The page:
In a market dominated by first person shooters and real
time strategy games, space combat sims have had a real hard time
getting a share these days. Games such as Descent FreeSpace and
Wing Commander Prophecy have accomplished this, but it was no
easy task. The creators had to make something new that would get
gamers hooked. Vibrant graphics, realistic physics engine,
interesting plot, and of course good weapons are all in the formula
to create a noteworthy space sim. Unfortunately the creators of
Tellurian Defense haven’t quite taken the initiative to create
something new and it would appear they are shooting for the
Tellurian Defense is based in the twenty first century, the
earth, of course, has suffered from an apocalyptic meteor shower
that destroyed everyone’s way of life on earth. Mankind struggles
to survive in this harsh new environment where tornadoes and
electrical storms are just a part of every day life. Just as
reconstruction starts moving, an alien race decides to take over
earth and destroy it’s inhabitance. That’s where you come in, you
are part of the Tellurian Defense team. Strapped into your high
tech fighter jet, you wage war across thirty different levels with
real landmarks around the US. Very original plot isn’t it?
Tellurian Defense’s graphics are almost well done, with
a few exceptions here and there. I chose to take in the landscapes
at 800x600 resolution and noticed very little slowdown on my P2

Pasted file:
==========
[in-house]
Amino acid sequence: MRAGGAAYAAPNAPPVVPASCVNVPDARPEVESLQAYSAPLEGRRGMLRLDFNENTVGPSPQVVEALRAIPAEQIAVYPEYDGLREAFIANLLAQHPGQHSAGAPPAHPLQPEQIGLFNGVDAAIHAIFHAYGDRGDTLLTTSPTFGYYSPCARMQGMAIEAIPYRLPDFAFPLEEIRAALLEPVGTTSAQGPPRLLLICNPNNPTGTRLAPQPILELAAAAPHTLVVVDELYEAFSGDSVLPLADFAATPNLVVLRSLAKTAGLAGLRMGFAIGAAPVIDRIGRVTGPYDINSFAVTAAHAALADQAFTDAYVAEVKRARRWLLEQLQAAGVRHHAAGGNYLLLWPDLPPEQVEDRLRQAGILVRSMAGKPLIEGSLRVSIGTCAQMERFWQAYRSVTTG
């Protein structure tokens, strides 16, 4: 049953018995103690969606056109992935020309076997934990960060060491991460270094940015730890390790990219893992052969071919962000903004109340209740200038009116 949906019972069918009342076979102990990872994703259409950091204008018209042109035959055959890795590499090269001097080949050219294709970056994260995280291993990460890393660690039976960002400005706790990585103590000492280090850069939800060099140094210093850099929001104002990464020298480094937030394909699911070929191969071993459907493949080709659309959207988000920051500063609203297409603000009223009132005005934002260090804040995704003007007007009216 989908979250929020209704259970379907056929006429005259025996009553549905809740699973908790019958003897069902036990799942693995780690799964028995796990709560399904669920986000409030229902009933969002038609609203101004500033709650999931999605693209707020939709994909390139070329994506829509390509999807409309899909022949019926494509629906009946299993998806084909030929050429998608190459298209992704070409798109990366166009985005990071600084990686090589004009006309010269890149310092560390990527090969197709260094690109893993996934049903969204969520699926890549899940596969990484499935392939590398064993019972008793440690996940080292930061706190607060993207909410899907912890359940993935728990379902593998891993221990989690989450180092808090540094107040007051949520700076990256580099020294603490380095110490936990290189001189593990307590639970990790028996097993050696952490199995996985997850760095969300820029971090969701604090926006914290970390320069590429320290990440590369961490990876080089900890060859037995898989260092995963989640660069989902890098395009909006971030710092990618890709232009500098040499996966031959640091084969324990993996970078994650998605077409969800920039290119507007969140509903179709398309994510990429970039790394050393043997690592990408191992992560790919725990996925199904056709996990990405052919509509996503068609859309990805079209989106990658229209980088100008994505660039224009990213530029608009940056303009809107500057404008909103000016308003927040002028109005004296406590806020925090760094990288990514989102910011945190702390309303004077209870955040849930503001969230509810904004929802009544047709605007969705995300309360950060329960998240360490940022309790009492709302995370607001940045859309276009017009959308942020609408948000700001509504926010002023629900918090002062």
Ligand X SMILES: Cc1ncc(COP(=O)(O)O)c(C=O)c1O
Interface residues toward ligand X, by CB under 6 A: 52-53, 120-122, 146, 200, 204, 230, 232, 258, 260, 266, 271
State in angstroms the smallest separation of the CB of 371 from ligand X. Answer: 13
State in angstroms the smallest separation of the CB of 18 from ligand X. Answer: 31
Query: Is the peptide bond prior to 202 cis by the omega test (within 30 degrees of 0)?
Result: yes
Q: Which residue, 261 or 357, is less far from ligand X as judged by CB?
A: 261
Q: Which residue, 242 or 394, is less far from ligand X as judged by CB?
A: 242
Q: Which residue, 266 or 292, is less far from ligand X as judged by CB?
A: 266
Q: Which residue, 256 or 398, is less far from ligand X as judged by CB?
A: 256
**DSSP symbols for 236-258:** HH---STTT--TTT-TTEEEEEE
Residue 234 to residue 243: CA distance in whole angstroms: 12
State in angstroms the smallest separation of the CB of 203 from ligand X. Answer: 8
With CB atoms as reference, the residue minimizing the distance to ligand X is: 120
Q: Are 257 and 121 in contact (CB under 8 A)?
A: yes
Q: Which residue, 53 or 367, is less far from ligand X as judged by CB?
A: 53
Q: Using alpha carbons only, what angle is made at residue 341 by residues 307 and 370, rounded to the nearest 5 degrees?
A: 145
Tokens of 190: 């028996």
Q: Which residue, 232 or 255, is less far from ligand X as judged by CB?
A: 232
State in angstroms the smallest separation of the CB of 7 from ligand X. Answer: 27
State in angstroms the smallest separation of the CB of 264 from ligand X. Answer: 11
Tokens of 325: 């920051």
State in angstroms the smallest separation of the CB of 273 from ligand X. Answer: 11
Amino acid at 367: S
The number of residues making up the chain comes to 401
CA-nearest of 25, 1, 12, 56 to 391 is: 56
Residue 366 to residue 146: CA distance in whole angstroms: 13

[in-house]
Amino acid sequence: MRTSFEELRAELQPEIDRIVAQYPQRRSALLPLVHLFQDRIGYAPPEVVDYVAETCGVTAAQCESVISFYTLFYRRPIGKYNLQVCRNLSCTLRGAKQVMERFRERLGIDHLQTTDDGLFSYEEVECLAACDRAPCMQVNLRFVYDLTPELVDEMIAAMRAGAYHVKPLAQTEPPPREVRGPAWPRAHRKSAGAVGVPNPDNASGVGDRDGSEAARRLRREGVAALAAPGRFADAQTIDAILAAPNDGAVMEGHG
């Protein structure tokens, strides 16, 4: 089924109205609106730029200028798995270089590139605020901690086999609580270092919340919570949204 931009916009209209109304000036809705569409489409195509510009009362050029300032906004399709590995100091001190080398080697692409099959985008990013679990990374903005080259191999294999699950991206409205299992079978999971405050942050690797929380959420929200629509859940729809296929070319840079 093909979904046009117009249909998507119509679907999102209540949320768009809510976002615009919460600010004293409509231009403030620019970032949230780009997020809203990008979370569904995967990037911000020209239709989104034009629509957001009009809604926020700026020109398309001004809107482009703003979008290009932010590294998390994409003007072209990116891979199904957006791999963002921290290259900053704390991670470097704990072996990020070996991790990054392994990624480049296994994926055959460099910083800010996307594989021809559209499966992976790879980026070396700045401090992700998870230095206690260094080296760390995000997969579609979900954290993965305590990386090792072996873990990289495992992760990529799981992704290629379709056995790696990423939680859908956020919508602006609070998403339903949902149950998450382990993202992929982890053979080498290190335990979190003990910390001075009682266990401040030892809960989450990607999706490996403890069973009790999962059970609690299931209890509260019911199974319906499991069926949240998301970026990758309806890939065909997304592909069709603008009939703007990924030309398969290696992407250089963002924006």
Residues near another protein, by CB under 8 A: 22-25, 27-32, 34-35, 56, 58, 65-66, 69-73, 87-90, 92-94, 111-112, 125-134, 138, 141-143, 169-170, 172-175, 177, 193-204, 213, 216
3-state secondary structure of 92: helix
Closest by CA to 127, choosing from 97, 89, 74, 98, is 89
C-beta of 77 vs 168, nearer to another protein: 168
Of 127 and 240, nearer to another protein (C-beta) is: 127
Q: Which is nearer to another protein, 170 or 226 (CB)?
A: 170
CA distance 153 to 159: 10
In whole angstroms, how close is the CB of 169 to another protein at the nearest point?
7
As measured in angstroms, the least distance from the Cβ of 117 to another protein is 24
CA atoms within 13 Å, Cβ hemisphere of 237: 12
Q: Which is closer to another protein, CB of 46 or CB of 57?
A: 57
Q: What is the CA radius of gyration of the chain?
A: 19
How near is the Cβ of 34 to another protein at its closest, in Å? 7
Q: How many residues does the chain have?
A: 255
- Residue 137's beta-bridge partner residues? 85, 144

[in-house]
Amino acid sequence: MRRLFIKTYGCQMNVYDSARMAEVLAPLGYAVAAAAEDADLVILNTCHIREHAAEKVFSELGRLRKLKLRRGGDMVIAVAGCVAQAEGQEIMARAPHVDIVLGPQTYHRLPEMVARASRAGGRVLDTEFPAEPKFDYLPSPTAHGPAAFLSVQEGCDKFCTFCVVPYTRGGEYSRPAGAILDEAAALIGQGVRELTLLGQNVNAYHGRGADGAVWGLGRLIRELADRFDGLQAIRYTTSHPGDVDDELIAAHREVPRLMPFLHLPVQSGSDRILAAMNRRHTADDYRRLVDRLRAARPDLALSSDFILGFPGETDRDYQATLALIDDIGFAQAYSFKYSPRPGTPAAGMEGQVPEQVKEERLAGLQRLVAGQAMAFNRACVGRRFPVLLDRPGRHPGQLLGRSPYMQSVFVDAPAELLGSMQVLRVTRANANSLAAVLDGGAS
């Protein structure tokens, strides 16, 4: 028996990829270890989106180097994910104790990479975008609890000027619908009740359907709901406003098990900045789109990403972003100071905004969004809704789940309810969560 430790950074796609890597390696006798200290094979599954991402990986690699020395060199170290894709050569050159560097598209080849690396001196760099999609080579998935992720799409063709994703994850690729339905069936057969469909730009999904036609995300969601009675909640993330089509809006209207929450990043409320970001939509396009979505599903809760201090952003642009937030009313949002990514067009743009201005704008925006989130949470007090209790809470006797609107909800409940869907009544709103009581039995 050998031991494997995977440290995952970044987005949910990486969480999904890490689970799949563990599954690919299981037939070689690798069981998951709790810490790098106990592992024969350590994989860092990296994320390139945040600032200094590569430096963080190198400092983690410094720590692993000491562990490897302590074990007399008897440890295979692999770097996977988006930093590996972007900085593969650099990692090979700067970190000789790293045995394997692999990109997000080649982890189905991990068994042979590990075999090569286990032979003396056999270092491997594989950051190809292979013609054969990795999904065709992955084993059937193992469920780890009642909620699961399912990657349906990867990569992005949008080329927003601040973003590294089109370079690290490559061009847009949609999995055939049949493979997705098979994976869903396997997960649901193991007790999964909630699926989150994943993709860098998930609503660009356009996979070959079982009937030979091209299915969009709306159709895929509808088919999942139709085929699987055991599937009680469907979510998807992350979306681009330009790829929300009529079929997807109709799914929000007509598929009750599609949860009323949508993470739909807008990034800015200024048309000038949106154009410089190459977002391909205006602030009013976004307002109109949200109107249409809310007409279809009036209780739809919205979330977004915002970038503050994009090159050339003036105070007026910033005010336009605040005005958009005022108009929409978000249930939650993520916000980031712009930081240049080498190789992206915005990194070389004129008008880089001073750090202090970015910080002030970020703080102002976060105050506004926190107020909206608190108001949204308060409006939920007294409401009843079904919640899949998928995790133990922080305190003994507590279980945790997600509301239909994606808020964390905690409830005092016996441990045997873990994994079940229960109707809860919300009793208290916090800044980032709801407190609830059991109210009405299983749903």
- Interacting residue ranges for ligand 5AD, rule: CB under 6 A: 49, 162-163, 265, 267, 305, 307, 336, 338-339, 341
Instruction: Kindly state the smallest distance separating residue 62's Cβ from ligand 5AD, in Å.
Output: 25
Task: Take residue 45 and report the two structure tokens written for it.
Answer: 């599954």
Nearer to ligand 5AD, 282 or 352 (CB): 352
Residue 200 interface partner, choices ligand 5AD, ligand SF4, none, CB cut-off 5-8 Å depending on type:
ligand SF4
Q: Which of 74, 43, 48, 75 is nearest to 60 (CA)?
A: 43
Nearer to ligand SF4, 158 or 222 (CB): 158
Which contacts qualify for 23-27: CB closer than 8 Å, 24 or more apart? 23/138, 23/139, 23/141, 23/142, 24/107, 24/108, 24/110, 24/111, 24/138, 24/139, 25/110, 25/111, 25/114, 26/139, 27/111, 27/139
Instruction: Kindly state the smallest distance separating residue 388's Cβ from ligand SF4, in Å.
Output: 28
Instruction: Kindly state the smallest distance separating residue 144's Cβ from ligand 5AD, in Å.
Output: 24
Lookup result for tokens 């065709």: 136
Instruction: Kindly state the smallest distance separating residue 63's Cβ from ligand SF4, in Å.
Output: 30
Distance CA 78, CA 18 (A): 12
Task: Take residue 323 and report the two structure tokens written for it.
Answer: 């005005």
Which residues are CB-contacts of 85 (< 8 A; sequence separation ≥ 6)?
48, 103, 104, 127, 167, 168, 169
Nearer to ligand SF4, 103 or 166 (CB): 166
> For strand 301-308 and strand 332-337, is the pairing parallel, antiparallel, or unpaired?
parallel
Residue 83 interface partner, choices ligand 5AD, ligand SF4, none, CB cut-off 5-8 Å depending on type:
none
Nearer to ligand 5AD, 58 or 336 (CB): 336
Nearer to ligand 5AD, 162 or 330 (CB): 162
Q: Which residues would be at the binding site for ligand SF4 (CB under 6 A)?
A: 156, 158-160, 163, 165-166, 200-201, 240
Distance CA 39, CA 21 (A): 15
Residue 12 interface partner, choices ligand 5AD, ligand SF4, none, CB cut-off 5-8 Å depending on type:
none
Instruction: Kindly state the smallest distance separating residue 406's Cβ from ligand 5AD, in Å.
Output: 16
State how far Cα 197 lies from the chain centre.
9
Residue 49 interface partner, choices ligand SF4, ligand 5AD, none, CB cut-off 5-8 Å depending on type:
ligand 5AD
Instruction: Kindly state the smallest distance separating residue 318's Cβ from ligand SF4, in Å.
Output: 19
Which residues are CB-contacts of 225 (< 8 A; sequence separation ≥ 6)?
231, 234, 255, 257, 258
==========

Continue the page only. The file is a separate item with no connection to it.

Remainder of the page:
233mhz with a Riva TNT. However, a lot of generic seeming effects
are included in the game. Blue blast rings around explosions,
glowing exhaust trails, and all the other pieces of eye candy
gamer’s have come to expect from a 3d game. The action is
viewed by a chase camera, close up behind the ship’s vantage
point, or inside the cockpit, with zoom in and out features.
Landscapes aren’t pre-rendered and many times I noticed
mountains being built before my very eyes. This really detracts
from the realism and is also a result of my slower cpu speed,
therefore some gamers might not be effected by this. The ships are
very well done with a good touch of sci-fi in them. That is they look
like something right out of Star Trek. The story has a real
apocalyptic feel to it, but the game certainly didn’t give me that
impression. I did not feel as though I was racing at a few hundred
miles an hour through mountain passes or city streets. The concept
of speed really wasn’t apparent and I felt as if I was simply gliding
through these massive environments. It would have been better to
see a blurring effect on the ground as I passed over it or some
other indications of how fast I was actually traveling. For the most
part the graphics don’t make this a bad game. However, the
engine might be a little outdated because I saw nothing more than
simple shapes and nothing really caught my eye.
Customizability of controls has always been a top
priority for me. If I can’t manipulate every button on my keyboard
and mouse the game just won’t work for me. Tellurian Defense
supports keyboards, joysticks, and a little bit of your mouse.